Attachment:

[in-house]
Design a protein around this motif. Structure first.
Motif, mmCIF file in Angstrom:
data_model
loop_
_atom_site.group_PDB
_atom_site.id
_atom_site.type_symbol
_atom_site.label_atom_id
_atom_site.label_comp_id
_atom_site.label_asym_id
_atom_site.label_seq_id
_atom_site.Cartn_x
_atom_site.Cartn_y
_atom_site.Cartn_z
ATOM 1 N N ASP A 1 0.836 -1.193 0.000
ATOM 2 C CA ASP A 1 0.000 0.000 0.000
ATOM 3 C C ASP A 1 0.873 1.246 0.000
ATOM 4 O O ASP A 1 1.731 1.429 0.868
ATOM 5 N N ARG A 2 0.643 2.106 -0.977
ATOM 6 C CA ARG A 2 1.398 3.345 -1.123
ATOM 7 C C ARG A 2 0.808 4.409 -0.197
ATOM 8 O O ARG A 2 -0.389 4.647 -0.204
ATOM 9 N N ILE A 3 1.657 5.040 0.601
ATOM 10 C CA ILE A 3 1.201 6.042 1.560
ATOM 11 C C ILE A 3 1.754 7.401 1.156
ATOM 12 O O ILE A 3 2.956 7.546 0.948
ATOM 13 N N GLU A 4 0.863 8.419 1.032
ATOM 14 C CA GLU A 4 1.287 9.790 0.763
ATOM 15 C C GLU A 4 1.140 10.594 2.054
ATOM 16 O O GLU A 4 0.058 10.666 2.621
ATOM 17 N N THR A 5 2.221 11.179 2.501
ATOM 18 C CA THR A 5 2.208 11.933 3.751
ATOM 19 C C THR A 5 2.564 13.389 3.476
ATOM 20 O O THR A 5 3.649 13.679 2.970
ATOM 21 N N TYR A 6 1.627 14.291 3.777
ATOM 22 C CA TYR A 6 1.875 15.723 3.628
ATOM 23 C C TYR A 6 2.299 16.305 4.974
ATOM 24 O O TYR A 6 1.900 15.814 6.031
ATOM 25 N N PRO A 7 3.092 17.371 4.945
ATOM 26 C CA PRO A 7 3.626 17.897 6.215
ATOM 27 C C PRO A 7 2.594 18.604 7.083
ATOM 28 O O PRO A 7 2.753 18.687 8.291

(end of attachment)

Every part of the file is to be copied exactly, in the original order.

[in-house]
Design a protein around this motif. Structure first.
Motif, mmCIF file in Angstrom:
data_model
loop_
_atom_site.group_PDB
_atom_site.id
_atom_site.type_symbol
_atom_site.label_atom_id
_atom_site.label_comp_id
_atom_site.label_asym_id
_atom_site.label_seq_id
_atom_site.Cartn_x
_atom_site.Cartn_y
_atom_site.Cartn_z
ATOM 1 N N ASP A 1 0.836 -1.193 0.000
ATOM 2 C CA ASP A 1 0.000 0.000 0.000
ATOM 3 C C ASP A 1 0.873 1.246 0.000
ATOM 4 O O ASP A 1 1.731 1.429 0.868
ATOM 5 N N ARG A 2 0.643 2.106 -0.977
ATOM 6 C CA ARG A 2 1.398 3.345 -1.123
ATOM 7 C C ARG A 2 0.808 4.409 -0.197
ATOM 8 O O ARG A 2 -0.389 4.647 -0.204
ATOM 9 N N ILE A 3 1.657 5.040 0.601
ATOM 10 C CA ILE A 3 1.201 6.042 1.560
ATOM 11 C C ILE A 3 1.754 7.401 1.156
ATOM 12 O O ILE A 3 2.956 7.546 0.948
ATOM 13 N N GLU A 4 0.863 8.419 1.032
ATOM 14 C CA GLU A 4 1.287 9.790 0.763
ATOM 15 C C GLU A 4 1.140 10.594 2.054
ATOM 16 O O GLU A 4 0.058 10.666 2.621
ATOM 17 N N THR A 5 2.221 11.179 2.501
ATOM 18 C CA THR A 5 2.208 11.933 3.751
ATOM 19 C C THR A 5 2.564 13.389 3.476
ATOM 20 O O THR A 5 3.649 13.679 2.970
ATOM 21 N N TYR A 6 1.627 14.291 3.777
ATOM 22 C CA TYR A 6 1.875 15.723 3.628
ATOM 23 C C TYR A 6 2.299 16.305 4.974
ATOM 24 O O TYR A 6 1.900 15.814 6.031
ATOM 25 N N PRO A 7 3.092 17.371 4.945
ATOM 26 C CA PRO A 7 3.626 17.897 6.215
ATOM 27 C C PRO A 7 2.594 18.604 7.083
ATOM 28 O O PRO A 7 2.753 18.687 8.291